It is not often that I find a book nearly totally uninteresting, but The Old Drift manages to come very close. It is an ambitious book following a several families over the generations in Zambia from colonial times to the present day. It reminded my very much of a Wilbur Smith novel without white superiority.
The novel is very firmly rooted in its African setting and does a good job of drawing the reader into that world. This is on the face of it refreshing, it is great to see more novels branching out of the western world and giving us different perspectives, but I feel that Tade Thompson’s Rosewater, that won the award last year did better. It did better for one reason it was science fiction.
The Old Drift does have elements of sci-fi in it, there is a woman who has a mutation causing massive hair growth, some examination of a nascent Zambian space effort and later in the book there is some new technology called a bead, which is some kind of embedded communications technology. This tech doesn’t exist in our current time frame, so it seems the book is in an alternate universe, but this is neither clear of necessary.
The author, Namwali Serpell, is a capable writer but the generational movement leads to a under characterisation of the main cast. This cast is nuanced, none are plainly good or bad, they have human motives and human failures. Serpell has a propensity to focus on… lady’s issues throughout the book and perhaps because I am male, I found these discussions menstruation distracting. They seemed tossed in to make a point but done so often that any message was lost in the vivid description.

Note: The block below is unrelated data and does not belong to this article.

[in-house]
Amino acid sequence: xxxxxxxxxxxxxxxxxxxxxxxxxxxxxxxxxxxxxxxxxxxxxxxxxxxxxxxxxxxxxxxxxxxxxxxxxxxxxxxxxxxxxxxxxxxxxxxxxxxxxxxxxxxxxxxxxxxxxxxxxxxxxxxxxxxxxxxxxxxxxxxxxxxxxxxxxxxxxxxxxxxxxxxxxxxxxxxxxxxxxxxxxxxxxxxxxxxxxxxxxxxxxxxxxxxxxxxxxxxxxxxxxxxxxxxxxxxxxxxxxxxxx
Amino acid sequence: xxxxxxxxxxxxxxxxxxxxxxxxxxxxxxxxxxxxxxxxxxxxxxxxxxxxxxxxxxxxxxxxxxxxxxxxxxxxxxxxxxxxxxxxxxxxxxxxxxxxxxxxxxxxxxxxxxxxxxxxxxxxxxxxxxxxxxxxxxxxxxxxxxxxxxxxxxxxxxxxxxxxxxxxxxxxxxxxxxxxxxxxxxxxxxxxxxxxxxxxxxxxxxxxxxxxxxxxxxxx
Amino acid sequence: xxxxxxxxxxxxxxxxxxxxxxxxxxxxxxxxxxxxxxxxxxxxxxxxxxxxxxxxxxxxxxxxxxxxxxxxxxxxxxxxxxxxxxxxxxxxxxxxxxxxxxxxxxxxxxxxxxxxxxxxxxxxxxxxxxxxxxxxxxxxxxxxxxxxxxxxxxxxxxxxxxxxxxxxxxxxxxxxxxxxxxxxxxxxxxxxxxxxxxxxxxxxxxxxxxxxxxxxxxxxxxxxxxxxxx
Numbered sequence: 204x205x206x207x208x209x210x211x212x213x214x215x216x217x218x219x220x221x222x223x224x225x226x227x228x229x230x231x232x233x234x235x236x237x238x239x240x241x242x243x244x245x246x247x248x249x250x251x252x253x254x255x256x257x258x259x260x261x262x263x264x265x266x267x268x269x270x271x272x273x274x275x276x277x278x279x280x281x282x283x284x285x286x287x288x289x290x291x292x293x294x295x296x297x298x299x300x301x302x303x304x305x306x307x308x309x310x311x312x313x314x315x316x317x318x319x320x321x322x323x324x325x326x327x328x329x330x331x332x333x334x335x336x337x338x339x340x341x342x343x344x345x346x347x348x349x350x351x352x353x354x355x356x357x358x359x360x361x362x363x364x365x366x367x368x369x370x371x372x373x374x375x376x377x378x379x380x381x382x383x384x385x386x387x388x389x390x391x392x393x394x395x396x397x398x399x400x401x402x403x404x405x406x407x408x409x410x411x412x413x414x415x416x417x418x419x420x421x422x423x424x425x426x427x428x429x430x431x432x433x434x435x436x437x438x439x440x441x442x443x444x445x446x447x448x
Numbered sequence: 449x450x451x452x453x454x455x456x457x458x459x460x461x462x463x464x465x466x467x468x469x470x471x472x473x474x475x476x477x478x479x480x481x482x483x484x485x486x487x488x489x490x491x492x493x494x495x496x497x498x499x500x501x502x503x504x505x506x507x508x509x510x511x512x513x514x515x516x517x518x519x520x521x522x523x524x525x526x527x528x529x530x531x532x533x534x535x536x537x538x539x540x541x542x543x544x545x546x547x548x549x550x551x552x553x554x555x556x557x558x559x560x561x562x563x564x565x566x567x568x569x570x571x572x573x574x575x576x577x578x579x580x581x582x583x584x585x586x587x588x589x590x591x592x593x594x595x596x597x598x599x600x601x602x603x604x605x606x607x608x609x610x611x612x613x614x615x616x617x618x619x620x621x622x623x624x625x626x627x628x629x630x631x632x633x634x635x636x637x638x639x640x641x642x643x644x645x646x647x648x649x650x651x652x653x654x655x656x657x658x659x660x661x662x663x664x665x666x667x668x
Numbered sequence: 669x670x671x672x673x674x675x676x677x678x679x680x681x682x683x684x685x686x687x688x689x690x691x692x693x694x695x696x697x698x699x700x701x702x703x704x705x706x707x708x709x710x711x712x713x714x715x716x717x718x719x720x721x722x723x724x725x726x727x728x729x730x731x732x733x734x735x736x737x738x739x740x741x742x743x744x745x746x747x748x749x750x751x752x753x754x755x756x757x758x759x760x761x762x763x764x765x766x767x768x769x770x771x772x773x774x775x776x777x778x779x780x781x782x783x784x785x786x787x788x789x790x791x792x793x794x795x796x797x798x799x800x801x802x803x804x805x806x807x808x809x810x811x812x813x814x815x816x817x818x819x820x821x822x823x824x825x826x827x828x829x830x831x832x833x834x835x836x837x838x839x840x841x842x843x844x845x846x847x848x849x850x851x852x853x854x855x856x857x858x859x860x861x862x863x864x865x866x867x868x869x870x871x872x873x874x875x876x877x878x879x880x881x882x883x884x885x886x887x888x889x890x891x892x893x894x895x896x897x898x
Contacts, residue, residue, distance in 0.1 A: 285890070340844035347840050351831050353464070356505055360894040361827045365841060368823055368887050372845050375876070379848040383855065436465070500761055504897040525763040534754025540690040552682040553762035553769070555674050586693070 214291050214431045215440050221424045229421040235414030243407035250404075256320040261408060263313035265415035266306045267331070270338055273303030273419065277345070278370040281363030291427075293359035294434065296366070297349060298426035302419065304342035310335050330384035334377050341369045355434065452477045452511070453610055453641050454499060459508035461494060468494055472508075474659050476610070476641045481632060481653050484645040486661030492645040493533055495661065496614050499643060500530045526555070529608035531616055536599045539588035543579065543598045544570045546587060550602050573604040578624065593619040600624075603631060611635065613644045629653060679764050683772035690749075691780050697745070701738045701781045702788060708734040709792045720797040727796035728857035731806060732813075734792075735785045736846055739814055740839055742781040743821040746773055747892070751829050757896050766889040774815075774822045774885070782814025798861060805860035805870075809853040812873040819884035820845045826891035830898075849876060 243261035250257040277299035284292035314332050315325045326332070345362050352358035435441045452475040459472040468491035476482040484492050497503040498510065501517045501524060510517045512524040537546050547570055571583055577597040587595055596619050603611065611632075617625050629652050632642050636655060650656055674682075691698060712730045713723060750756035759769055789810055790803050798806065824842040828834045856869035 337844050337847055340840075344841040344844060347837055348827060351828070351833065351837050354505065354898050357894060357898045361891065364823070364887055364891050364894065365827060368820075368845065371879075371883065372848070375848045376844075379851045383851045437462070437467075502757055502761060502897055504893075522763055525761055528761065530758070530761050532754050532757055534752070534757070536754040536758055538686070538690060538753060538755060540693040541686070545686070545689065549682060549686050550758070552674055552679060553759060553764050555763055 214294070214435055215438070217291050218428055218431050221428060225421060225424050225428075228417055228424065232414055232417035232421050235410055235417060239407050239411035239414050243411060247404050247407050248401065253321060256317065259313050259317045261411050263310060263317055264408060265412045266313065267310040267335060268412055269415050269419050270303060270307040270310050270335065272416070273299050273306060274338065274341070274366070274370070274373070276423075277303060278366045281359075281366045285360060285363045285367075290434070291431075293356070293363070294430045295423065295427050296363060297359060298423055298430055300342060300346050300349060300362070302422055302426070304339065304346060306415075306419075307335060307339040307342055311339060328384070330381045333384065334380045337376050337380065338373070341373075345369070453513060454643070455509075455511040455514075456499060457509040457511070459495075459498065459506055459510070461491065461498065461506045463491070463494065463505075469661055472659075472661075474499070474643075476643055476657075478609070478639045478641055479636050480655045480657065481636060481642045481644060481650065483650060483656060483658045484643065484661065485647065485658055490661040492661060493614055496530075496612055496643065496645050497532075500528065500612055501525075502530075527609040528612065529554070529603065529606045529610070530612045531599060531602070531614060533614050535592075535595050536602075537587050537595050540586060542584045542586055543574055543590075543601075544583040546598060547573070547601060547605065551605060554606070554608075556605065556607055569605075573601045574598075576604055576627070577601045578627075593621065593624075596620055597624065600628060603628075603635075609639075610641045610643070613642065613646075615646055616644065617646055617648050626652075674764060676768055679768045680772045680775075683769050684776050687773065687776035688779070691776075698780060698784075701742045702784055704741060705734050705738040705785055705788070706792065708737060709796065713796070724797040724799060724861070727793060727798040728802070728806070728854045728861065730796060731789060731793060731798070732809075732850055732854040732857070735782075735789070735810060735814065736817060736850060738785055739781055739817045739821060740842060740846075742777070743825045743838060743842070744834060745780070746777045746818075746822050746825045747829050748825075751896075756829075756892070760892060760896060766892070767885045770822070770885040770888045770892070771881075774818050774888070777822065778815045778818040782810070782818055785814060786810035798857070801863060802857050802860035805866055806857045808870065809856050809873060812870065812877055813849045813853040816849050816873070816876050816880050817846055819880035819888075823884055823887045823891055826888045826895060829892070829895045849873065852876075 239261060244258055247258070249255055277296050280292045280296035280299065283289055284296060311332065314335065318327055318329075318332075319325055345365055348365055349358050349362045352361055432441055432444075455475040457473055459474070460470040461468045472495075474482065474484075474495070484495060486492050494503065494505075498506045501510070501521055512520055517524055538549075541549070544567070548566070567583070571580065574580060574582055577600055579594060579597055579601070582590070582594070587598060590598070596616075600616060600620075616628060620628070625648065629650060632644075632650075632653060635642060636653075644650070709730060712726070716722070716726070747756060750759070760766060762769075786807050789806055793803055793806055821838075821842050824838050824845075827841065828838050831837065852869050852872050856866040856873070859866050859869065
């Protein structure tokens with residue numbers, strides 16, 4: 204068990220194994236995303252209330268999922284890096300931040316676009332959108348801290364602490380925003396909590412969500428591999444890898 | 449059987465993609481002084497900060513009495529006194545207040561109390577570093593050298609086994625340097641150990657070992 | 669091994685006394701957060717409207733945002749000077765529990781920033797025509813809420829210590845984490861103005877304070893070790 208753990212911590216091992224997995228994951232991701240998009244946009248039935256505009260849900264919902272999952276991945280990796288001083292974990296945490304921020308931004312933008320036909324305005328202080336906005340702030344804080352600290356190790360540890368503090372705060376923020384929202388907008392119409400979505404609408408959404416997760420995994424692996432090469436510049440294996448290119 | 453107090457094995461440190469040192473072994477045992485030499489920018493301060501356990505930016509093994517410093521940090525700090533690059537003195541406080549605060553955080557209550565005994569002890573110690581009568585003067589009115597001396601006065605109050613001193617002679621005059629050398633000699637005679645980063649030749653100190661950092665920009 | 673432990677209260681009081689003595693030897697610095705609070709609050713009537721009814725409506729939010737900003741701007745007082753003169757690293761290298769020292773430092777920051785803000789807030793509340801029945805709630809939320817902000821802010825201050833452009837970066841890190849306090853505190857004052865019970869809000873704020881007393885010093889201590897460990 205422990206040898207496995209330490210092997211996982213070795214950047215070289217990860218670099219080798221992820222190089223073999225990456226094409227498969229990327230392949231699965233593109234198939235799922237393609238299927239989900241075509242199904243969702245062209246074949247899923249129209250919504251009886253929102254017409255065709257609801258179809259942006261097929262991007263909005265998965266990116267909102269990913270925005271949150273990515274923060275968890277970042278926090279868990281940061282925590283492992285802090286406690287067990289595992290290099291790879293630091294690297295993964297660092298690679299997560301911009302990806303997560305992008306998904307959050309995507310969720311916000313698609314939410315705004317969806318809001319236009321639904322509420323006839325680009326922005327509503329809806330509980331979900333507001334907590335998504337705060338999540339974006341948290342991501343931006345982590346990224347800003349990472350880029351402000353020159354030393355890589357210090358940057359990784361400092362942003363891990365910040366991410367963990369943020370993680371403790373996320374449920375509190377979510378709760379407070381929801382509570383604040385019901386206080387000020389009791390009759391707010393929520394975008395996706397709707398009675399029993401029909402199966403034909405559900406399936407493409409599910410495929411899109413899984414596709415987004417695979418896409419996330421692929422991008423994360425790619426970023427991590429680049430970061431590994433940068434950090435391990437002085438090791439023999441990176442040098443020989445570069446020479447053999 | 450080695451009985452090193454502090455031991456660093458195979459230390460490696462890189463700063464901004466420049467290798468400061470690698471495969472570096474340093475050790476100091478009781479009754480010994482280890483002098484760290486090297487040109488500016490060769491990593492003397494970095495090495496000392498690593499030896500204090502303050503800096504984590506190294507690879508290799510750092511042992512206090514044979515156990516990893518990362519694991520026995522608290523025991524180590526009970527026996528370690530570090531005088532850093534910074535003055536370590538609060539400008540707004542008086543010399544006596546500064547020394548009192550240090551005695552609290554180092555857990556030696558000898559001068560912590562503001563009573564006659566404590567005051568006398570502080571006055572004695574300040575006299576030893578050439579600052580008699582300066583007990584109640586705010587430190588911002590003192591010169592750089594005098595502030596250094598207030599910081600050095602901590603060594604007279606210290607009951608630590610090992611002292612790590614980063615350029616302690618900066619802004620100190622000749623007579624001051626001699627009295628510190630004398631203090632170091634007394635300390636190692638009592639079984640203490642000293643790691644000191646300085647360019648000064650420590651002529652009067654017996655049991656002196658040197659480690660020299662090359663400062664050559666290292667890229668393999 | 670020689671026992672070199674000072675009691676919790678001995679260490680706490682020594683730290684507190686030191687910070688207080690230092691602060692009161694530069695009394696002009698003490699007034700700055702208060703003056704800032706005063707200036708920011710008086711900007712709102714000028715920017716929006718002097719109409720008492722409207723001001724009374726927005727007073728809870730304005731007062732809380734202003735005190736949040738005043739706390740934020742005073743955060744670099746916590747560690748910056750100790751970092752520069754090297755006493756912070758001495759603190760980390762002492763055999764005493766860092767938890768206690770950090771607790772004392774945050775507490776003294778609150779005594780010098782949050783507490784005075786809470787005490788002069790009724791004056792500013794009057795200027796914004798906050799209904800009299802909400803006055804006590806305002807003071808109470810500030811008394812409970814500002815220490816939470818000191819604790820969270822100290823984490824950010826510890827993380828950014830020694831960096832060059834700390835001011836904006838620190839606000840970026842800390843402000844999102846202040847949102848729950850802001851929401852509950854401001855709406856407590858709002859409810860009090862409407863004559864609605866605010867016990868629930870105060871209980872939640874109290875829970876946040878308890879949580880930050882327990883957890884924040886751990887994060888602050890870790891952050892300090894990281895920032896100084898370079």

This may well be a fine book, it maybe ground-breaking but there were not enough science fiction elements to make it a science fiction book. I enjoy historical fiction and in many ways this book fits that genre better, or perhaps it portrays inter-generational familial relationships giving it more credence in another section of the library. I am afraid that my final feeling for this review that this book did not deserve to be shortlisted for the Arthur C. Clarke Award.